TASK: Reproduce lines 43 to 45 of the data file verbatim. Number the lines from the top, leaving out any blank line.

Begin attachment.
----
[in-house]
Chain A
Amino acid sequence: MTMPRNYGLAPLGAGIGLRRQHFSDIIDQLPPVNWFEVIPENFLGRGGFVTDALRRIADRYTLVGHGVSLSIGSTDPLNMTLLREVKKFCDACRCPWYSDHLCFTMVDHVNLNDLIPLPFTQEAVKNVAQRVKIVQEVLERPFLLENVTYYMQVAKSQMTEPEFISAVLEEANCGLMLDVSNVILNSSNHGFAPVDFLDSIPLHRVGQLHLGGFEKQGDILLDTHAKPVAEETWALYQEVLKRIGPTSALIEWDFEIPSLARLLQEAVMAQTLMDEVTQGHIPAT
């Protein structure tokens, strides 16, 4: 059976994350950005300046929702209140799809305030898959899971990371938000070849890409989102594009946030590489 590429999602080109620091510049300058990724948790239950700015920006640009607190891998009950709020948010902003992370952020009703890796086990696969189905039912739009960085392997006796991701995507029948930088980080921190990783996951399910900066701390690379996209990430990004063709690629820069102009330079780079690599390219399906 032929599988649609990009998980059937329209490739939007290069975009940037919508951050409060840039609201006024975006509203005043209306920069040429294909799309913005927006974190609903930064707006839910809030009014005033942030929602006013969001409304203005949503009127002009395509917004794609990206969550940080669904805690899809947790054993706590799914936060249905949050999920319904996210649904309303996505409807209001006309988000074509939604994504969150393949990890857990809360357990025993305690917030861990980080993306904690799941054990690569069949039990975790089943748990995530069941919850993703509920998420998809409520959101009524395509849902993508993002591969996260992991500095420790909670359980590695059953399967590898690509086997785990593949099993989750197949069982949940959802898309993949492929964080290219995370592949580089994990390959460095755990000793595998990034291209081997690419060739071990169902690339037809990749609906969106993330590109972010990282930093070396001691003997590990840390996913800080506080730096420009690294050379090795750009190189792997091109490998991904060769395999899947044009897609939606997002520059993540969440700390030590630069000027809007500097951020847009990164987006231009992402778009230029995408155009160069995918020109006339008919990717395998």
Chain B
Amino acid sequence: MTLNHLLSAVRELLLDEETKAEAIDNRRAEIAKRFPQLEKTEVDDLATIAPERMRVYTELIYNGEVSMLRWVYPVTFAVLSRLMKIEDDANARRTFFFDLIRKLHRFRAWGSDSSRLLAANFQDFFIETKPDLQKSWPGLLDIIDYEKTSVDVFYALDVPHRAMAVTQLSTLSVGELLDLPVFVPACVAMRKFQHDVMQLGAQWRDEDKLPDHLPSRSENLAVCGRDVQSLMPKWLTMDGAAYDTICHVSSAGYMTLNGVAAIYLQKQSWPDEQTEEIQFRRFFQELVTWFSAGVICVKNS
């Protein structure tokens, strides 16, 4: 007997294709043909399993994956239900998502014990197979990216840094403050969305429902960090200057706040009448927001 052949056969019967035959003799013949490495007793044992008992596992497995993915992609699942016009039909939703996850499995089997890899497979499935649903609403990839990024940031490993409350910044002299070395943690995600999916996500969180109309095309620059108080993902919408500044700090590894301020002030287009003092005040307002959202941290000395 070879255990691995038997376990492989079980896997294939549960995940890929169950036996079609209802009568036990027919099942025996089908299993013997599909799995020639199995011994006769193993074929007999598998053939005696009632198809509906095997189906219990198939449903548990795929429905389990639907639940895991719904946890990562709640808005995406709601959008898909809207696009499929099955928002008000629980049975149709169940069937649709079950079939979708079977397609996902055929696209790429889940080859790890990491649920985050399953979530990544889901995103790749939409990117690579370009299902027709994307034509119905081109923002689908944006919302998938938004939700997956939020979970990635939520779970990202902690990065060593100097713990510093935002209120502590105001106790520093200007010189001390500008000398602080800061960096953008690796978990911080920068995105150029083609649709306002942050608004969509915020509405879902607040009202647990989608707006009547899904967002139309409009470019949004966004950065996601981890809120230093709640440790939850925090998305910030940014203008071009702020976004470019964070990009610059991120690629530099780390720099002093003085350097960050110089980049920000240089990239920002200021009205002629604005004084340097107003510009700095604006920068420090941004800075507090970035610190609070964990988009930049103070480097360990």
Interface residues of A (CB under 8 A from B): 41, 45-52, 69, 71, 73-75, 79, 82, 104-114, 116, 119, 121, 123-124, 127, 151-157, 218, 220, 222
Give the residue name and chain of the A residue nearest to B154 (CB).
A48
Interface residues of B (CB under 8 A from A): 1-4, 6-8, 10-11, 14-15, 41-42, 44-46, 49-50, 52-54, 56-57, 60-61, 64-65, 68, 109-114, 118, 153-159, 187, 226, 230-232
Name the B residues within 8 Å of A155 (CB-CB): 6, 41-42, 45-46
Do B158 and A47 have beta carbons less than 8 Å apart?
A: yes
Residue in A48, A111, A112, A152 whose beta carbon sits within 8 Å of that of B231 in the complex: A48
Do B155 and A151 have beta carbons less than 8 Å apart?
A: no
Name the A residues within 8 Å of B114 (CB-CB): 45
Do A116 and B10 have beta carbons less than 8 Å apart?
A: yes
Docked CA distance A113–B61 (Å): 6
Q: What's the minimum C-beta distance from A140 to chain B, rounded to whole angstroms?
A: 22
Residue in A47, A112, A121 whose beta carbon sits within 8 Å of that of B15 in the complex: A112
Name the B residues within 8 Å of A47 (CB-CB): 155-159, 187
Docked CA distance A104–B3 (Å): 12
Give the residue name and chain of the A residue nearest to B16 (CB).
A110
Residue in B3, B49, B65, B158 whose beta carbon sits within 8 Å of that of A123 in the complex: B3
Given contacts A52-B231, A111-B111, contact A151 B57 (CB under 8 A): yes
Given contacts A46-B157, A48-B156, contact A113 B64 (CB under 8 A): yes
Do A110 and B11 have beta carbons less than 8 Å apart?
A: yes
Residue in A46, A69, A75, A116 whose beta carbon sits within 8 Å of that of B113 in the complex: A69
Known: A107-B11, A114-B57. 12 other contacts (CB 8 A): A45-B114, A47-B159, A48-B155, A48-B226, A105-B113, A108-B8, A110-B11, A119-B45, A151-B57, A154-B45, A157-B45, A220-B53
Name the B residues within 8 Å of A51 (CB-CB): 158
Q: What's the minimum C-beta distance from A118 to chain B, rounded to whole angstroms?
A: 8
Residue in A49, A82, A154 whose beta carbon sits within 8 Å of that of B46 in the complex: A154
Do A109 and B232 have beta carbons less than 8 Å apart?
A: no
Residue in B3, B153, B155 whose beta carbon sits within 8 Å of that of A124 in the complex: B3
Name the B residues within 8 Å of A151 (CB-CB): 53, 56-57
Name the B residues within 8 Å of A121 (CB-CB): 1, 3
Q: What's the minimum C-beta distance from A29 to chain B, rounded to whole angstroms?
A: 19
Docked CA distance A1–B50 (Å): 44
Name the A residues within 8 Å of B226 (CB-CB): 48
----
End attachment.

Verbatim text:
Name the B residues within 8 Å of A151 (CB-CB): 53, 56-57
Name the B residues within 8 Å of A121 (CB-CB): 1, 3
Q: What's the minimum C-beta distance from A29 to chain B, rounded to whole angstroms?